TillyBookClub Tue 30-Jun-09 20:59:04

picnickins, I couldn't stomach the paedophile episode either. In fact I skip-read through Oryx's back story. I wonder now whether Atwood used it as a device to show how morality was under serious siege from technology (the web such vital tool in the progression of the worst crime).

whistlejacket, YES, I agree, where was the denouement/showdown/explanation? It made me feel Crake was a saddo geek who had done the futuristic equivalent of taking shotgun into his school. There was no motivation apart from a God complex and a lack of normal human relationships.

RE the pessimistic world view, in the interview on the website I found this extract:

Please don't make the mistake of thinking that Oryx and Crake is anti-science. Science is a way of knowing, and a tool. Like all ways of knowing and tools, it can be turned to bad uses. But it is not in itself bad. The driving force in the world today is the human heart — that is, human emotions. Hate, not bombs, destroys cities. Desire, not bricks, rebuilds them. Do we as a species have the emotional maturity and the wisdom to use our powerful tools well? Hands up, all who think the answer is Yes.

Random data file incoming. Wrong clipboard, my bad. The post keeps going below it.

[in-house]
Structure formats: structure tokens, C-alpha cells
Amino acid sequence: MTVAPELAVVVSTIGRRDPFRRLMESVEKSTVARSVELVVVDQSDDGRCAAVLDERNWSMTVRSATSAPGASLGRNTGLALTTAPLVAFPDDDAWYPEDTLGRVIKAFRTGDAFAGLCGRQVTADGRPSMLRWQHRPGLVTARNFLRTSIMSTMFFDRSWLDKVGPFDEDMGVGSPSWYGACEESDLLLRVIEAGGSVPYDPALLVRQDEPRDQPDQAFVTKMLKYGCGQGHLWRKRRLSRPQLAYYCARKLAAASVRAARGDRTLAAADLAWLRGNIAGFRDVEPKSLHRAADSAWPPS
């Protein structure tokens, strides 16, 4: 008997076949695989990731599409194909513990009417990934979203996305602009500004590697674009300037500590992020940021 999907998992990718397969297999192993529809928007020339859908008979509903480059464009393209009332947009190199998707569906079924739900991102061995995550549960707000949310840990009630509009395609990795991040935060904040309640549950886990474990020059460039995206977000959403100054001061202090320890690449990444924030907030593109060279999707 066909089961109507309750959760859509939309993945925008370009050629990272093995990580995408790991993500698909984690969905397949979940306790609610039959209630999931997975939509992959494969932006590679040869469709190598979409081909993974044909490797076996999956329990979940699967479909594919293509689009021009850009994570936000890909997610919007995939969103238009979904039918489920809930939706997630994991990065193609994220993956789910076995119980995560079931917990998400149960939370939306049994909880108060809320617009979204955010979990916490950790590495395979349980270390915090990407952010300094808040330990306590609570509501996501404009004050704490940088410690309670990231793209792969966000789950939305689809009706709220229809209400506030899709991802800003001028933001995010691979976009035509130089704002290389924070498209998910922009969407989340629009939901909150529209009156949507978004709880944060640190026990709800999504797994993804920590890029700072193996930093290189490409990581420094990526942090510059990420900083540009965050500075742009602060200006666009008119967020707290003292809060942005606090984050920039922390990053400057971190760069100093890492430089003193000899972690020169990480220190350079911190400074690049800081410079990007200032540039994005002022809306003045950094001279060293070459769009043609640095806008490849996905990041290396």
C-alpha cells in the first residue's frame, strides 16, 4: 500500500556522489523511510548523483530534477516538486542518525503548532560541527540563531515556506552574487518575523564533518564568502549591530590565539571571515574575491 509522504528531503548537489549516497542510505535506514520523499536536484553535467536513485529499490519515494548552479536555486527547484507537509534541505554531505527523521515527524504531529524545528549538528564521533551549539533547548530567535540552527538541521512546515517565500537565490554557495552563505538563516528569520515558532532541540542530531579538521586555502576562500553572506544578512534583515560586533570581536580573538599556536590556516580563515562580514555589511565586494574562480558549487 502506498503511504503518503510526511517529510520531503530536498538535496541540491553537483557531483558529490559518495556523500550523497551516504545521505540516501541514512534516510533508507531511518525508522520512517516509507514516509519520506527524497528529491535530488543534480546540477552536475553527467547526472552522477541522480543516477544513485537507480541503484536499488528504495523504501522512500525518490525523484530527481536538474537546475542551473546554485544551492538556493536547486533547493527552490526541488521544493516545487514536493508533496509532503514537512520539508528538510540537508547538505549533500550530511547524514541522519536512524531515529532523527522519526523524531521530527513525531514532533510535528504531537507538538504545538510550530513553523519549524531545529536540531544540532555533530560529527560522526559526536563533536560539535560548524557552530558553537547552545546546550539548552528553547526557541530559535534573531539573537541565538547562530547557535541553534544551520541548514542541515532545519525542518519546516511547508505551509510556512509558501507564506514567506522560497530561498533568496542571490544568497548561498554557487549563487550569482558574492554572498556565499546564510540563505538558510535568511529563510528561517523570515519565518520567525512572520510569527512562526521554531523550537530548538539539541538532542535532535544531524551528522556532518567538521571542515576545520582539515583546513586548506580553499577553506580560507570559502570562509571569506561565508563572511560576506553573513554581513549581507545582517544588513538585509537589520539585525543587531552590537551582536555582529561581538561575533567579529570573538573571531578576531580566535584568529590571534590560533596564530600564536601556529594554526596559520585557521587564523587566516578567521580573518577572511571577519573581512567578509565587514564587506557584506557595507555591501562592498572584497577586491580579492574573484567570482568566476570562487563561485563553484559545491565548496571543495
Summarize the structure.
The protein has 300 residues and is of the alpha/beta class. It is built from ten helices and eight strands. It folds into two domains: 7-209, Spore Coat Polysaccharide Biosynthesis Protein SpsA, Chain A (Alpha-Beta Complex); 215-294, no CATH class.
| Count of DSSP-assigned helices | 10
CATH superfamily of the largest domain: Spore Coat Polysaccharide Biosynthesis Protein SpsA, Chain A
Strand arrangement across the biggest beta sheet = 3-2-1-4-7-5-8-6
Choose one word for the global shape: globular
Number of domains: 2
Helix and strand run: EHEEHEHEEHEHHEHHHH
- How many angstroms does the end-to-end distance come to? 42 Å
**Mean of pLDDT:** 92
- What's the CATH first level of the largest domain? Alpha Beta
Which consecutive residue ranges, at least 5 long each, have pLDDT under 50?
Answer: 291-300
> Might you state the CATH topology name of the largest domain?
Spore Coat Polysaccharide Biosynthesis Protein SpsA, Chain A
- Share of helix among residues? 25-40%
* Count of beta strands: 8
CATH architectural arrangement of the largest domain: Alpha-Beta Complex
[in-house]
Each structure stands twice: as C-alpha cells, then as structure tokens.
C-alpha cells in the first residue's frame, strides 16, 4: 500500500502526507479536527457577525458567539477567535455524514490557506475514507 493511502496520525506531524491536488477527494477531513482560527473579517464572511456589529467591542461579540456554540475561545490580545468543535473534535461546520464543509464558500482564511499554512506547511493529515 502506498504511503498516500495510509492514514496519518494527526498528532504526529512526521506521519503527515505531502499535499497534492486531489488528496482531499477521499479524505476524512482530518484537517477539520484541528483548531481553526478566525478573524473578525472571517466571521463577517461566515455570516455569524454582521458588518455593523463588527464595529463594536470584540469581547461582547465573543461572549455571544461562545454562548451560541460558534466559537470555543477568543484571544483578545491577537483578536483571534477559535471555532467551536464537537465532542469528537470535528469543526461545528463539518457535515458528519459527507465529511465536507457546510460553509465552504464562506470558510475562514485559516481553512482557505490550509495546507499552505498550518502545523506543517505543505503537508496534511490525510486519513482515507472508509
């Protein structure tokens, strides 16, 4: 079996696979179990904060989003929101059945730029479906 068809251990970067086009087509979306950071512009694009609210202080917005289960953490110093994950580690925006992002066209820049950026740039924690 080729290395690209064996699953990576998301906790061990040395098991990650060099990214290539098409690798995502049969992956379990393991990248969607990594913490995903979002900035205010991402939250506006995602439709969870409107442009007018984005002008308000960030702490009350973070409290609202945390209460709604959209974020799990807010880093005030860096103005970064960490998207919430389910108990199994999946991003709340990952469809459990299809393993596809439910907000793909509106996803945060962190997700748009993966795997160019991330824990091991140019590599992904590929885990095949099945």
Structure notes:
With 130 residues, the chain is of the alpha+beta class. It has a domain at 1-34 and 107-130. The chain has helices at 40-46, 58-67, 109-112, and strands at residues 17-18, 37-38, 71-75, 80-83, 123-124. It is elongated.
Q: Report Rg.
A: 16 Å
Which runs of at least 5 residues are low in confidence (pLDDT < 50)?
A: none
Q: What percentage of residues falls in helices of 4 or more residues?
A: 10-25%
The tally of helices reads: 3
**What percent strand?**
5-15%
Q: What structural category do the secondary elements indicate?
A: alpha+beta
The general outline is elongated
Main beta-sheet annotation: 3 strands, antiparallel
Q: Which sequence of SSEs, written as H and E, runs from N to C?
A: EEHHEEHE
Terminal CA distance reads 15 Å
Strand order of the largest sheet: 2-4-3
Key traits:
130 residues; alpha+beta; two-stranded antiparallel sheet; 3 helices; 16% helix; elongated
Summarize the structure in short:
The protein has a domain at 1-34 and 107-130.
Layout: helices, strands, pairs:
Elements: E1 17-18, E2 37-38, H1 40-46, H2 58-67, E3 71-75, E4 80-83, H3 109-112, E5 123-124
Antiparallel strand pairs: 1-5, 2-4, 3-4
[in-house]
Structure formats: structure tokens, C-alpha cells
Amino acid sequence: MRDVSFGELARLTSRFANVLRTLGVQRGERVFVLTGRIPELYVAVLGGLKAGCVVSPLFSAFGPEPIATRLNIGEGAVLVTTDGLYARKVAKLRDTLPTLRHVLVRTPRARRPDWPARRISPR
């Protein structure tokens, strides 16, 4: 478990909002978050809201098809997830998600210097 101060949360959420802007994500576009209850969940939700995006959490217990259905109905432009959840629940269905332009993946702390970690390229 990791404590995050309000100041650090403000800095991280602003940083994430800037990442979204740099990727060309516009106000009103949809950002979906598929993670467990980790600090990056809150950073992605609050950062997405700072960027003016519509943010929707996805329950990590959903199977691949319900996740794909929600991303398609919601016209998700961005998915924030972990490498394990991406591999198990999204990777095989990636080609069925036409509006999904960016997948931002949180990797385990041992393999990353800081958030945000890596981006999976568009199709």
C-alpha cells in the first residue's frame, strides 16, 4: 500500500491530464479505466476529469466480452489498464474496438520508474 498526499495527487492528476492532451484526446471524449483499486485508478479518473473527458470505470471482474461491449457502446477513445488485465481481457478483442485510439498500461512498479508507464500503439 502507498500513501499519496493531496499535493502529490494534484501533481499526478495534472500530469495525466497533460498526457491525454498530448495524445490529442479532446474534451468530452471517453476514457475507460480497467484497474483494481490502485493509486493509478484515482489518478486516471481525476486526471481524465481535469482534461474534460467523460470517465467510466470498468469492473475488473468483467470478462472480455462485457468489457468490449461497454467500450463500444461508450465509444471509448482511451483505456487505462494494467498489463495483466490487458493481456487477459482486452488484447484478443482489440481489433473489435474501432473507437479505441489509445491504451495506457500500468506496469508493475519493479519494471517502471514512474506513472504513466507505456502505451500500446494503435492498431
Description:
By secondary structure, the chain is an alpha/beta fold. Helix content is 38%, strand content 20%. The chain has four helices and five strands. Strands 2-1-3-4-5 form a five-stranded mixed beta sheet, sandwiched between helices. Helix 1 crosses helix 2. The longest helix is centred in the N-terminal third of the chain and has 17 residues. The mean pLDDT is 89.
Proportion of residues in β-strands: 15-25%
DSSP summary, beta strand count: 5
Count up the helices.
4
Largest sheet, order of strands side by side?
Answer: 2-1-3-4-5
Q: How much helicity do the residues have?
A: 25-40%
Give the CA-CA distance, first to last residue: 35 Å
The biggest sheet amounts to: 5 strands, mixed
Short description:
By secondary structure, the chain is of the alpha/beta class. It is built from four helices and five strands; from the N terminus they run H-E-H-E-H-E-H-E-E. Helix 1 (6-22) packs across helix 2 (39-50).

So, who thinks we will end up using tools well, and who thinks we are destined for disaster?

WibblyPigRocks Tue 30-Jun-09 20:58:34

Although in some ways, Atwood's use of a male character for the position of Crake suggests that only a man would lack the maternal instinct and care to attack the human race in this way, I think that's a bit too simplistic.

I think Crake's scientific approach to humanity was far more damning. Crake didn't consider emotional or mental welfare in his work, he didn't consider the moral minefield of his work and he actively sought to remove the elements of human nature that are about the soul - emotions, literature, creativity etc. Perhaps feminist readers might interpret this as a typically male characteristic, but I don't think that's true. Besides, Snowman is trying to retain this 'soul' as he struggles to remember words and literature and he is definitely male!

I agree with you, whistlejacket, that Crake was killed off too quickly - and Oryx, too. I know Atwood likes to leave us thinking but a bit more info would have been good.